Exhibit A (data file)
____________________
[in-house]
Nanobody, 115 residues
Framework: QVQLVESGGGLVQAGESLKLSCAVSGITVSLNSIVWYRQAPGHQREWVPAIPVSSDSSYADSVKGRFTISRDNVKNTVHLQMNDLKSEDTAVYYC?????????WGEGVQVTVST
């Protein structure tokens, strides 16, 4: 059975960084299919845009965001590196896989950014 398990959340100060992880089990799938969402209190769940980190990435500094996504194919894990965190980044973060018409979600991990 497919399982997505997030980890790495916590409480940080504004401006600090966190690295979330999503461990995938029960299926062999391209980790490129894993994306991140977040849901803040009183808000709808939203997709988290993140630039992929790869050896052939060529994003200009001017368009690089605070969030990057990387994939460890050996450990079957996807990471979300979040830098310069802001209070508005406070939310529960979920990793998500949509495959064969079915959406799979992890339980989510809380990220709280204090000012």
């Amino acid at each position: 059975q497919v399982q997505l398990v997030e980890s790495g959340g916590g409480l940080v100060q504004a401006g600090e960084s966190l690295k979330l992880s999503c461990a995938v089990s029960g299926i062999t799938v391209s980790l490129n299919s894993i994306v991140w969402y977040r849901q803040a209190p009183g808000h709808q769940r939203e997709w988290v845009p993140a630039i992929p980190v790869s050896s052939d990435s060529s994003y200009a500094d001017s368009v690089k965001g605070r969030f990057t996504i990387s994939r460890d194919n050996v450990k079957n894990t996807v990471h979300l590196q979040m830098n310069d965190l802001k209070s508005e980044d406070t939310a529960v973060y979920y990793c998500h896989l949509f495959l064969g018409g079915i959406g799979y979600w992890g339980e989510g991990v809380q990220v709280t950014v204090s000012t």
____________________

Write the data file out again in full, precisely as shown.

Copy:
[in-house]
Nanobody, 115 residues
Framework: QVQLVESGGGLVQAGESLKLSCAVSGITVSLNSIVWYRQAPGHQREWVPAIPVSSDSSYADSVKGRFTISRDNVKNTVHLQMNDLKSEDTAVYYC?????????WGEGVQVTVST
């Protein structure tokens, strides 16, 4: 059975960084299919845009965001590196896989950014 398990959340100060992880089990799938969402209190769940980190990435500094996504194919894990965190980044973060018409979600991990 497919399982997505997030980890790495916590409480940080504004401006600090966190690295979330999503461990995938029960299926062999391209980790490129894993994306991140977040849901803040009183808000709808939203997709988290993140630039992929790869050896052939060529994003200009001017368009690089605070969030990057990387994939460890050996450990079957996807990471979300979040830098310069802001209070508005406070939310529960979920990793998500949509495959064969079915959406799979992890339980989510809380990220709280204090000012």
């Amino acid at each position: 059975q497919v399982q997505l398990v997030e980890s790495g959340g916590g409480l940080v100060q504004a401006g600090e960084s966190l690295k979330l992880s999503c461990a995938v089990s029960g299926i062999t799938v391209s980790l490129n299919s894993i994306v991140w969402y977040r849901q803040a209190p009183g808000h709808q769940r939203e997709w988290v845009p993140a630039i992929p980190v790869s050896s052939d990435s060529s994003y200009a500094d001017s368009v690089k965001g605070r969030f990057t996504i990387s994939r460890d194919n050996v450990k079957n894990t996807v990471h979300l590196q979040m830098n310069d965190l802001k209070s508005e980044d406070t939310a529960v973060y979920y990793c998500h896989l949509f495959l064969g018409g079915i959406g799979y979600w992890g339980e989510g991990v809380q990220v709280t950014v204090s000012t």